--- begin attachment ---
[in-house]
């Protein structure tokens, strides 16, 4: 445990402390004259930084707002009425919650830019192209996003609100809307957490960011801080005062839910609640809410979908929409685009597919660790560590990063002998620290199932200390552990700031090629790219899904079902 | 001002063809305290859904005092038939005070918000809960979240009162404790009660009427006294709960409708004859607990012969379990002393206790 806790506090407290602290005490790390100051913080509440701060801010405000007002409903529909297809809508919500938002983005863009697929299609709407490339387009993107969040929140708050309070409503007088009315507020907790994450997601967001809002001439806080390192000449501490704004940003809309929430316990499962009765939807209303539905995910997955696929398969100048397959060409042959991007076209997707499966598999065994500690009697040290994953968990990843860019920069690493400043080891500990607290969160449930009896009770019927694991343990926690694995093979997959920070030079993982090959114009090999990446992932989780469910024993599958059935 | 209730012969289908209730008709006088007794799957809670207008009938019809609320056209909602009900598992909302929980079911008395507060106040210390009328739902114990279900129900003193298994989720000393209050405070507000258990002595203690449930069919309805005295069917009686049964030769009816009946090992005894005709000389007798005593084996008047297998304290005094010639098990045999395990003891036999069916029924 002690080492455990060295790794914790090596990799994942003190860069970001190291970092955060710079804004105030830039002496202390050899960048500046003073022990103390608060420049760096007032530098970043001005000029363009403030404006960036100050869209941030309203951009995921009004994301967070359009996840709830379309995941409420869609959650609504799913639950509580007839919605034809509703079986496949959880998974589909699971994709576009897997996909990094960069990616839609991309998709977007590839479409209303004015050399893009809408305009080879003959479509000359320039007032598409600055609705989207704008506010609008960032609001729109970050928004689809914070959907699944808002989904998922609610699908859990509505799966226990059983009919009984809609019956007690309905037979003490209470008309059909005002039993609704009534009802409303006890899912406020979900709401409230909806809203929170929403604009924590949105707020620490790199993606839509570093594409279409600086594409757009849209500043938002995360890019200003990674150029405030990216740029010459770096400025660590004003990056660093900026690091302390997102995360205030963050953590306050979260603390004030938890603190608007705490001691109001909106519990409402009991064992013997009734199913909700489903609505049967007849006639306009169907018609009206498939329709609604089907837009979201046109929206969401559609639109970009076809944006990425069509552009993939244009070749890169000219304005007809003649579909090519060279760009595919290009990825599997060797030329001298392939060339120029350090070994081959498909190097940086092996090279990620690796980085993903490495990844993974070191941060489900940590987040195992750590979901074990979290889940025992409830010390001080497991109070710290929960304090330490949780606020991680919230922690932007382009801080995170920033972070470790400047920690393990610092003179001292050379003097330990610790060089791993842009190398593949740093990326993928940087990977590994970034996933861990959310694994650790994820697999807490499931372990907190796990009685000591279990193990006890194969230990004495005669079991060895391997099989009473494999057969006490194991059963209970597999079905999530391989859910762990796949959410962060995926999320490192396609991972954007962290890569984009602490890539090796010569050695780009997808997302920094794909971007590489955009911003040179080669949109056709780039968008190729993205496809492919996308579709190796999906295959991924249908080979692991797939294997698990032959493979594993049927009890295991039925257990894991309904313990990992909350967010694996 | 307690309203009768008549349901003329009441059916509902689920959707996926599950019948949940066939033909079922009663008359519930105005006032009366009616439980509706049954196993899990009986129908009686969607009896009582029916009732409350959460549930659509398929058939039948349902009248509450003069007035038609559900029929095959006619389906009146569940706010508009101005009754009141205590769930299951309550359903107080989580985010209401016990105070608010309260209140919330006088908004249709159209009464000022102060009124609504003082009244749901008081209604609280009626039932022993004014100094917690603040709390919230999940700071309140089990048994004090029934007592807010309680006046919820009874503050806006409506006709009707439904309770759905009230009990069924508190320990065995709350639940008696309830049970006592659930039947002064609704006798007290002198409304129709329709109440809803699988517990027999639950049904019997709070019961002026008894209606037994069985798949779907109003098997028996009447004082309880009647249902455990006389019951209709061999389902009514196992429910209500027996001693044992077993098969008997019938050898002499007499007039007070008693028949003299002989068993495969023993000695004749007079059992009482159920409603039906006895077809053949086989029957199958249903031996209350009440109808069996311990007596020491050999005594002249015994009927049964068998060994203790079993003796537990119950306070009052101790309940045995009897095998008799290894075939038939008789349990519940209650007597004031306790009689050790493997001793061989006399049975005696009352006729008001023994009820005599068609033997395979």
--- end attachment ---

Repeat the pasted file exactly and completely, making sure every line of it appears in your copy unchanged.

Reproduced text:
[in-house]
């Protein structure tokens, strides 16, 4: 445990402390004259930084707002009425919650830019192209996003609100809307957490960011801080005062839910609640809410979908929409685009597919660790560590990063002998620290199932200390552990700031090629790219899904079902 | 001002063809305290859904005092038939005070918000809960979240009162404790009660009427006294709960409708004859607990012969379990002393206790 806790506090407290602290005490790390100051913080509440701060801010405000007002409903529909297809809508919500938002983005863009697929299609709407490339387009993107969040929140708050309070409503007088009315507020907790994450997601967001809002001439806080390192000449501490704004940003809309929430316990499962009765939807209303539905995910997955696929398969100048397959060409042959991007076209997707499966598999065994500690009697040290994953968990990843860019920069690493400043080891500990607290969160449930009896009770019927694991343990926690694995093979997959920070030079993982090959114009090999990446992932989780469910024993599958059935 | 209730012969289908209730008709006088007794799957809670207008009938019809609320056209909602009900598992909302929980079911008395507060106040210390009328739902114990279900129900003193298994989720000393209050405070507000258990002595203690449930069919309805005295069917009686049964030769009816009946090992005894005709000389007798005593084996008047297998304290005094010639098990045999395990003891036999069916029924 002690080492455990060295790794914790090596990799994942003190860069970001190291970092955060710079804004105030830039002496202390050899960048500046003073022990103390608060420049760096007032530098970043001005000029363009403030404006960036100050869209941030309203951009995921009004994301967070359009996840709830379309995941409420869609959650609504799913639950509580007839919605034809509703079986496949959880998974589909699971994709576009897997996909990094960069990616839609991309998709977007590839479409209303004015050399893009809408305009080879003959479509000359320039007032598409600055609705989207704008506010609008960032609001729109970050928004689809914070959907699944808002989904998922609610699908859990509505799966226990059983009919009984809609019956007690309905037979003490209470008309059909005002039993609704009534009802409303006890899912406020979900709401409230909806809203929170929403604009924590949105707020620490790199993606839509570093594409279409600086594409757009849209500043938002995360890019200003990674150029405030990216740029010459770096400025660590004003990056660093900026690091302390997102995360205030963050953590306050979260603390004030938890603190608007705490001691109001909106519990409402009991064992013997009734199913909700489903609505049967007849006639306009169907018609009206498939329709609604089907837009979201046109929206969401559609639109970009076809944006990425069509552009993939244009070749890169000219304005007809003649579909090519060279760009595919290009990825599997060797030329001298392939060339120029350090070994081959498909190097940086092996090279990620690796980085993903490495990844993974070191941060489900940590987040195992750590979901074990979290889940025992409830010390001080497991109070710290929960304090330490949780606020991680919230922690932007382009801080995170920033972070470790400047920690393990610092003179001292050379003097330990610790060089791993842009190398593949740093990326993928940087990977590994970034996933861990959310694994650790994820697999807490499931372990907190796990009685000591279990193990006890194969230990004495005669079991060895391997099989009473494999057969006490194991059963209970597999079905999530391989859910762990796949959410962060995926999320490192396609991972954007962290890569984009602490890539090796010569050695780009997808997302920094794909971007590489955009911003040179080669949109056709780039968008190729993205496809492919996308579709190796999906295959991924249908080979692991797939294997698990032959493979594993049927009890295991039925257990894991309904313990990992909350967010694996 | 307690309203009768008549349901003329009441059916509902689920959707996926599950019948949940066939033909079922009663008359519930105005006032009366009616439980509706049954196993899990009986129908009686969607009896009582029916009732409350959460549930659509398929058939039948349902009248509450003069007035038609559900029929095959006619389906009146569940706010508009101005009754009141205590769930299951309550359903107080989580985010209401016990105070608010309260209140919330006088908004249709159209009464000022102060009124609504003082009244749901008081209604609280009626039932022993004014100094917690603040709390919230999940700071309140089990048994004090029934007592807010309680006046919820009874503050806006409506006709009707439904309770759905009230009990069924508190320990065995709350639940008696309830049970006592659930039947002064609704006798007290002198409304129709329709109440809803699988517990027999639950049904019997709070019961002026008894209606037994069985798949779907109003098997028996009447004082309880009647249902455990006389019951209709061999389902009514196992429910209500027996001693044992077993098969008997019938050898002499007499007039007070008693028949003299002989068993495969023993000695004749007079059992009482159920409603039906006895077809053949086989029957199958249903031996209350009440109808069996311990007596020491050999005594002249015994009927049964068998060994203790079993003796537990119950306070009052101790309940045995009897095998008799290894075939038939008789349990519940209650007597004031306790009689050790493997001793061989006399049975005696009352006729008001023994009820005599068609033997395979």